Wednesday,19 September, 2018
Current issue | Issue 1205, (10 - 16 July 2014)
Wednesday,19 September, 2018
Issue 1205, (10 - 16 July 2014)

Ahram Weekly

Iraq to Syria and back again

The US has been cognizant from the start of Iraq’s ISIS-lead Sunni restoration, writes Jeremy Salt

Al-Ahram Weekly

Nearly four decades ago, determined to win a war the US was losing in Vietnam, the then US president Richard Nixon and secretary of state Henry Kissinger paved the way for the rise of the Khmer Rouge leader Pol Pot and the inception of the group’s Year Zero by intervening in Cambodia. 

By destroying Iraq as a unitary state and setting the scene for the rise of Al-Qaeda in a country where previously it did not even have a toehold, the US has done it again. Al-Qaeda leader Ayman Al-Zawahiri has designated Jabhat Al-Nusra as the standard-bearer of Al-Qaeda ideology, but basically this is an internal dispute over power and authority and not ideology.

The so-called Islamic State of Iraq and Syria (ISIS) is just as ideologically committed and brutal as Jabhat Al-Nusra. Where it has the edge is in its iron discipline. If it succeeded in taking Baghdad, it has already signalled by the massacres in Mosul that it would slaughter all the Shia it could get its hands on. For ISIS, the Shia are what the Jews were to Hitler and what people with spectacles were to the Khmer Rouge, but while Pol Pot arose on the back of American blundering, the US appears to be fully cognizant at the start and right behind Iraq’s ISIS-led Sunni restoration. 

US President Barack Obama appears to be playing the same sly coordinating role he has played in Syria. By allowing his Gulf partners to take the lead in sponsoring ISIS and other Sunni militias in their drive on Baghdad, he can avoid charges of direct responsibility even at the cost of appearing to be caught short and not knowing what to do next.

On the face of it, the takeover of Mosul by ISIS and affiliated Sunni militants was extraordinary, tens of thousands of Iraqi soldiers taking to their heels before the advance of a few hundred armed men with only a fraction of the weaponry available to the Iraqi army. The refusal of the US to take any military action against ISIS unless Iraqi Prime Minister Nuri Al-Maliki resigned suggests either rank opportunism or US backing for the restoration of Sunni rule in Baghdad in the first place. The US was once enthusiastic about Al-Maliki, but effusive praise for a foreign leader followed a short time later by a merciless campaign to destroy him is a familiar pattern in US foreign policy.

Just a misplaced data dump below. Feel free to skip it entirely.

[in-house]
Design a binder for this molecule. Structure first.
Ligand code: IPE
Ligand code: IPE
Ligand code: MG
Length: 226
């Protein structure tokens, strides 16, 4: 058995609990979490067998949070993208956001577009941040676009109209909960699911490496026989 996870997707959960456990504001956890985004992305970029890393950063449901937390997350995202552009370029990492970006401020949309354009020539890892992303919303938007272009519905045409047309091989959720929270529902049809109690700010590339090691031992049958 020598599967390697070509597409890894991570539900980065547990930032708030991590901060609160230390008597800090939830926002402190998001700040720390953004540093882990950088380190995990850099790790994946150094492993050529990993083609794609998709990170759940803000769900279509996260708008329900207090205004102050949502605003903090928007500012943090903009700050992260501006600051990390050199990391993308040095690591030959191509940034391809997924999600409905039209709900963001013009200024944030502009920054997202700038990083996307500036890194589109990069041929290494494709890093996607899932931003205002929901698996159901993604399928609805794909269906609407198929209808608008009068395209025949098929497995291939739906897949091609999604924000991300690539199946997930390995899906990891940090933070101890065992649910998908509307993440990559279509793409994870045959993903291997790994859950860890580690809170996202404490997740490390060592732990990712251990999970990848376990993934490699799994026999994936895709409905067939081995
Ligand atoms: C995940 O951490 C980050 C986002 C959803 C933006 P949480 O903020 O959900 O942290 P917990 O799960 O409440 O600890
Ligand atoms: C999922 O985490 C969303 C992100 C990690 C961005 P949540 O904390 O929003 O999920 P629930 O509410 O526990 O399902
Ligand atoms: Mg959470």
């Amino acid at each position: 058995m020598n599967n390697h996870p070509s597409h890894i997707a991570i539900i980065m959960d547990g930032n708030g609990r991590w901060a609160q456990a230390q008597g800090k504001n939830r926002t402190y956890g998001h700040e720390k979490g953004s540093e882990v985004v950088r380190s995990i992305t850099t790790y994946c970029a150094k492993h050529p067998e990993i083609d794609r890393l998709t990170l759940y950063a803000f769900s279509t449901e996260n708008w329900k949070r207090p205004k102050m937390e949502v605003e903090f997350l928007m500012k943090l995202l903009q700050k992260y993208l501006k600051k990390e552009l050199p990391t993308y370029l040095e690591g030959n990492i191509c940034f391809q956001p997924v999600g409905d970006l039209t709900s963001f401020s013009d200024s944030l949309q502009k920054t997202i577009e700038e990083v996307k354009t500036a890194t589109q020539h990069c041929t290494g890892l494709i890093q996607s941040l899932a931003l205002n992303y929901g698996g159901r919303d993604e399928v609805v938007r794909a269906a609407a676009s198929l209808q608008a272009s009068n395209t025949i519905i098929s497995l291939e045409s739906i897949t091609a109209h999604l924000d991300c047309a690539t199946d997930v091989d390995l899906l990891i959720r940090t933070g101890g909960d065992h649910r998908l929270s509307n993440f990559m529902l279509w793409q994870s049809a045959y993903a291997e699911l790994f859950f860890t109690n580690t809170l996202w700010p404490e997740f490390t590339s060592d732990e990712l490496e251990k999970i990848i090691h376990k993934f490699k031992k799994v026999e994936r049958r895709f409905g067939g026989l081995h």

The media’s certainty that the US will have to do something about ISIS because it is a terrorist organisation is risible. Assassination, subversion and the sponsorship of terrorism are common themes in US foreign policy. Guatemala, Iran, Chile, Nicaragua and other countries too numerous to mention are the templates for this particular mode of pursuing the national interest. Having publicly declared that it wants him to step down, the US offered to send several hundred troops to Baghdad, where their only function could be to protect the US embassy if ISIS gets as far as Baghdad. 

ISIS’s Sunni allies are calling for large-scale intervention to drive the Shia-dominated government (not surprising in a country where the Shia now constitute close to 70 per cent of the population) out of office. Knowing all this, Al-Maliki would be crazy to accept even a token number of US boots back on the ground in Iraq.

One has to go back to the early 19th century to find the starting point of Western meddling in the region known then as the Levant or the Near East but the recent connections are very clear. They begin with the US/Israeli plan to “reshape” the Middle East. The chief architects of this infamous policy were the US neo-cons, many of them Zionists whose overriding interest was not the protection of American interests but of Israel’s and what Israel wanted was cleared space around its non-declared borders so it could live in peace amidst the smoking ruins of the Middle East.

Zionist plans for the reshaping of the Middle East and the installation of puppet governments go back to the 1940s if not earlier. Lebanon was the first target of choice and has suffered ever since. The two other obvious candidates for breaking down the region into digestible ethno-religious statelets were Iraq and Syria. The US-led invasion of 2003 destroyed Iraq as a unitary state, while the later US-dictated constitution created a Kurdish state-in-being in the north at odds with the central government over oil and control of the city of Kirkuk. Arabs and Kurds were deliberately set against each other.